Thus, before we can begin to comment on the migration situation in Europe, or anywhere else, we must look inward at our own refusal to adequately, consistently, and humanely address the suffering on the US-Mexico border. Activists in both the US and European contexts are fighting for a future where migration is no longer an act shrouded in danger, where international policies are designed to protect lives, not risk them, and where we can justifiably stand for human rights without the stink of hypocrisy. We cannot create this future if hubs of government power like the White House refuse to openly acknowledge our own failure to protect the human rights of migrants.

For more from the Colibri Center for Human Rights, click here.

Stories from the Desert: The Power of Human Resilience

Story by Jon Dillon, Casework and Outreach Associate, Washington, DC

In the hearts and minds of many, the desert serves as a symbol of solitude and self-discovery, of isolation and peace. But for thousands of people, the desert signifies opportunity and hope, while also hostility and possibly, death. Each year, thousands of migrants risk their lives crossing the deserts in the border regions of the United States and Mexico. While they journey for various reasons – violence, poverty, family reunification, etc. – they all deserve protection.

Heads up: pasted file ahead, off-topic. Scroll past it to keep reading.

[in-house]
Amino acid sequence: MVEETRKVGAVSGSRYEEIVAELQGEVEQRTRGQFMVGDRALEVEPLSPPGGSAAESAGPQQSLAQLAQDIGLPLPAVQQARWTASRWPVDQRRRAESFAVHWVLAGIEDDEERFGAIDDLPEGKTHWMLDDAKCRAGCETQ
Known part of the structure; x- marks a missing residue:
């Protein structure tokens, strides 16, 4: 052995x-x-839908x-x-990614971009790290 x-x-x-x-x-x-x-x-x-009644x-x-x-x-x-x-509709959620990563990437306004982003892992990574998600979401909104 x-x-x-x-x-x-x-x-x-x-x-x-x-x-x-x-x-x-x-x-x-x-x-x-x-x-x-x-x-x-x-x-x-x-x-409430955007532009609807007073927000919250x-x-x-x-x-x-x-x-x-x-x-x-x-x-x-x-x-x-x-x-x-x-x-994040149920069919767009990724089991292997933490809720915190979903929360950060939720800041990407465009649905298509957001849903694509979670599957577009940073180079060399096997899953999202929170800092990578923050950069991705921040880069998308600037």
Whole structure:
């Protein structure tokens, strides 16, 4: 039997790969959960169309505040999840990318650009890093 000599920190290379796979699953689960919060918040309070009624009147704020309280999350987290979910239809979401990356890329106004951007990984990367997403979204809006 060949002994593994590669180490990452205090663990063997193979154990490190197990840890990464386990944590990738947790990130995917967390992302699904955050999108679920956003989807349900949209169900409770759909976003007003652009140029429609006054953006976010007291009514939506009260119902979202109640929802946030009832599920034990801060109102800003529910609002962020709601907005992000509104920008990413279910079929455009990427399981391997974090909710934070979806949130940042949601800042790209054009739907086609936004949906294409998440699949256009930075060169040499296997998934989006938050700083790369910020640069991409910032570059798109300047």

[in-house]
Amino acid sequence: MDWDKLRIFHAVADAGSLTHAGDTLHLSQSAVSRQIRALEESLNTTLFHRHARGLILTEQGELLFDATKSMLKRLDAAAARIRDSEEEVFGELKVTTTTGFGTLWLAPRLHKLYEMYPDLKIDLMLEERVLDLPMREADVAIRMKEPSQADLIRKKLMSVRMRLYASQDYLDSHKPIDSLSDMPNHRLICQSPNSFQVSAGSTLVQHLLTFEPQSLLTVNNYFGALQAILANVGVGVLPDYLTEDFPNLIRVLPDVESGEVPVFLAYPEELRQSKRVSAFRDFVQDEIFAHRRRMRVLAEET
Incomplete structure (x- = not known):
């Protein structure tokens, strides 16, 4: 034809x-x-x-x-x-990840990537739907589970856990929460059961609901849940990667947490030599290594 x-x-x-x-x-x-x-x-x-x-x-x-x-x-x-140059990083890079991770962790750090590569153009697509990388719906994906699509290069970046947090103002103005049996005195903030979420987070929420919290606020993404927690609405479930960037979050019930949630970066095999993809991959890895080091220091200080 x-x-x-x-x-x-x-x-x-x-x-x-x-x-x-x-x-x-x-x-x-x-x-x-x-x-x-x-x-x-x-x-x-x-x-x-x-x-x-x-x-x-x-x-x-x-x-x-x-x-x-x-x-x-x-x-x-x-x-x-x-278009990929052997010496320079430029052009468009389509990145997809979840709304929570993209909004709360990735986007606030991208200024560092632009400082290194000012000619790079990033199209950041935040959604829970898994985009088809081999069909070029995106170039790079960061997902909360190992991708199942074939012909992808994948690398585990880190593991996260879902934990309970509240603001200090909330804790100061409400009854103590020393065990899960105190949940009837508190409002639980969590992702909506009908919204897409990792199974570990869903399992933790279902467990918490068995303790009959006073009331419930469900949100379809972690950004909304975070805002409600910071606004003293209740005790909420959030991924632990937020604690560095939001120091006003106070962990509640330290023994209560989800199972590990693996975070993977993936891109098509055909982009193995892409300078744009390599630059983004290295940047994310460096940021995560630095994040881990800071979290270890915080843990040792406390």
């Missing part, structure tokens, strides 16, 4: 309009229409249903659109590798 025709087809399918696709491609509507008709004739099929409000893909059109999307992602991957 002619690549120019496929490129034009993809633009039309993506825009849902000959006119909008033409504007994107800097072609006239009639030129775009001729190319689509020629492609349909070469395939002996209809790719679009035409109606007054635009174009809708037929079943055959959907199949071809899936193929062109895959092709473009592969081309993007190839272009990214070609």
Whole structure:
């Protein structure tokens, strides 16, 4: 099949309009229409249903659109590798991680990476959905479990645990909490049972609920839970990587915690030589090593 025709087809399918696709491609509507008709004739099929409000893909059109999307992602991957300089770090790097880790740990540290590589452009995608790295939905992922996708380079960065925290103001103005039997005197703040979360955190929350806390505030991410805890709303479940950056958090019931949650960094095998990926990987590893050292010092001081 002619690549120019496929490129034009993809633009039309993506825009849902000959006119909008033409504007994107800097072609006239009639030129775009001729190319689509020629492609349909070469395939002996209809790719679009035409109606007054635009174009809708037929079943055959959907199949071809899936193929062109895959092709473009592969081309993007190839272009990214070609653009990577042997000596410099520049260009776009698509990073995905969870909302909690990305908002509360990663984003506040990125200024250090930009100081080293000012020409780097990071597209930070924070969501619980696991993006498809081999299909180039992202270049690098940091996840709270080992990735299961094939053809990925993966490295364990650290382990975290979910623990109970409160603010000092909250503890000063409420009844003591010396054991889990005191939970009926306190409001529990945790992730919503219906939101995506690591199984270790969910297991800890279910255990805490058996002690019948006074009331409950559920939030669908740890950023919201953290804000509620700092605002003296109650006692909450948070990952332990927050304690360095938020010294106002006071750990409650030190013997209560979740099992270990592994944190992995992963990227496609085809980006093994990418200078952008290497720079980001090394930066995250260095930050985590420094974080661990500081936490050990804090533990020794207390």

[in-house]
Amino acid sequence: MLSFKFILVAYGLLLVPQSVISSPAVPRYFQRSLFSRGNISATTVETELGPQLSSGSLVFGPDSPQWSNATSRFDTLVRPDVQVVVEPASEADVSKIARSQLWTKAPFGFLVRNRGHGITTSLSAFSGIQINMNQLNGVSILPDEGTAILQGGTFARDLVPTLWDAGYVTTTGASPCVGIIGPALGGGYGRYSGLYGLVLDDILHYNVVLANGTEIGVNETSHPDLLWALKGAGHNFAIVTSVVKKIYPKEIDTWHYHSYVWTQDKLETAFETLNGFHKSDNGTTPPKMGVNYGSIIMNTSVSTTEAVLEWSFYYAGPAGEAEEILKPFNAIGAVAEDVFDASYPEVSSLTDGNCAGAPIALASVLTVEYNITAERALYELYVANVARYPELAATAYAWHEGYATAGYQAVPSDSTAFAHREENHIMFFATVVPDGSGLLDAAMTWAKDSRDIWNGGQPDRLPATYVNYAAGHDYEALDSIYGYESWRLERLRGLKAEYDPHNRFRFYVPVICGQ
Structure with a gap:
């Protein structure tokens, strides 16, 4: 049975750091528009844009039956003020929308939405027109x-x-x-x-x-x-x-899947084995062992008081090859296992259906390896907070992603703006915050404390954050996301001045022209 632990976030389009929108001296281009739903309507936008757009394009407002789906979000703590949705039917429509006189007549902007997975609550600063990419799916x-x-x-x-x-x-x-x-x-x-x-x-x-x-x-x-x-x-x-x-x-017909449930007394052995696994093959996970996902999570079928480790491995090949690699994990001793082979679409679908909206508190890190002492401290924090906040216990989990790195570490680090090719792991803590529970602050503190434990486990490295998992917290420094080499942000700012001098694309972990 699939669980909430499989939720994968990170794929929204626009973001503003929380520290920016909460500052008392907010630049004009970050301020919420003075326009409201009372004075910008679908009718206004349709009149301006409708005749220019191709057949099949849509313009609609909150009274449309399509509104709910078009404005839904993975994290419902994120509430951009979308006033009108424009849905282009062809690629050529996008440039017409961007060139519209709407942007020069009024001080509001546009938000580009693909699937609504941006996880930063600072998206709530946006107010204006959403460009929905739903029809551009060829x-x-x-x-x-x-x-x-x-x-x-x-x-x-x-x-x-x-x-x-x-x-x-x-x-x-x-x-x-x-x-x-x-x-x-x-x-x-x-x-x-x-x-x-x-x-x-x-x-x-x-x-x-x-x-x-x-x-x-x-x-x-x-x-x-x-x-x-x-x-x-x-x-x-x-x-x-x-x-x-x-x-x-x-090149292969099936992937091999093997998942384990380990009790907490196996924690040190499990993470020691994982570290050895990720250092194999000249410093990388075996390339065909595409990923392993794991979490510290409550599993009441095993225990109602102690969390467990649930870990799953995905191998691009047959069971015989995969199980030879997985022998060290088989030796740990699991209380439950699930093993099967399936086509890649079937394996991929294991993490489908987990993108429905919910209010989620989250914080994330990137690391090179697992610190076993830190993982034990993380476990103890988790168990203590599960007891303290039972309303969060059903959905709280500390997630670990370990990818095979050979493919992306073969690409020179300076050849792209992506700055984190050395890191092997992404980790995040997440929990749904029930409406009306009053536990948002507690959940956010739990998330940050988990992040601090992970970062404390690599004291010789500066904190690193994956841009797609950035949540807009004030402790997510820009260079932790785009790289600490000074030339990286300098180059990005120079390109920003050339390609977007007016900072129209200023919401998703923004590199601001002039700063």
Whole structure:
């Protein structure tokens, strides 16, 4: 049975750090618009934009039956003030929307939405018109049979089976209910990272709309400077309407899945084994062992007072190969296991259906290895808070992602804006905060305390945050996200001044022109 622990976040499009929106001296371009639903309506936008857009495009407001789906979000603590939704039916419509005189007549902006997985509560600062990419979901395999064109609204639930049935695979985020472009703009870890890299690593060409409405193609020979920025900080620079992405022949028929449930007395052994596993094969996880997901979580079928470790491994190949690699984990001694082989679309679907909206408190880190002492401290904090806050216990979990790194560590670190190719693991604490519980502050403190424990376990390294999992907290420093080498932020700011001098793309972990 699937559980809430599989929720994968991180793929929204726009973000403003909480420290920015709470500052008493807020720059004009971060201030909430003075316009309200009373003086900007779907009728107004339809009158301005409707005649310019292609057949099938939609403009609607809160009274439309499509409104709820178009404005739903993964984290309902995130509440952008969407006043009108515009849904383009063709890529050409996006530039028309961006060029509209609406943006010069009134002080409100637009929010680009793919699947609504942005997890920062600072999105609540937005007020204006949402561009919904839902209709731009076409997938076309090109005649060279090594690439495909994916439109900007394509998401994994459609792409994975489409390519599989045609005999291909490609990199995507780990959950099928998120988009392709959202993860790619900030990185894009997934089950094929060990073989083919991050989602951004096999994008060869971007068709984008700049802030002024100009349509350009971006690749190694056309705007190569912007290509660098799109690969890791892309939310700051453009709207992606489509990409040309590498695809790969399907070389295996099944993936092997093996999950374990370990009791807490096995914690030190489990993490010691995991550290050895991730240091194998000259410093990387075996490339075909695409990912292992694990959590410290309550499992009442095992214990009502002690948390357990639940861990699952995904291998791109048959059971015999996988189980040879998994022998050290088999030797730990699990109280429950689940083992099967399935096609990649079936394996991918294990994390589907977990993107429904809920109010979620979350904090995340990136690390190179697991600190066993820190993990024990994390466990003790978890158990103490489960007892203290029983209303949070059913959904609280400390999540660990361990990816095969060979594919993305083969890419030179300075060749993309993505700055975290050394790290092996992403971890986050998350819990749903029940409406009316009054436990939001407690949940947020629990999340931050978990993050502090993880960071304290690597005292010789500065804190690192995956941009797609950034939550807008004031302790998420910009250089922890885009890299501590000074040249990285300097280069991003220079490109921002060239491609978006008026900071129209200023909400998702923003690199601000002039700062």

Over the past couple years, the Red Cross Movement has joined many other organizations and government partners in meeting the needs of migrants. Given migration’s complexities, this work is extremely varied, from providing information about the dangers of migration; to ensuring migrants have access to water in the desert; to facilitating the ability for families to find closure regarding missing loved ones. Collectively, this work aims at strengthening the human dignity of migrants while honoring their rights and decisions to migrate.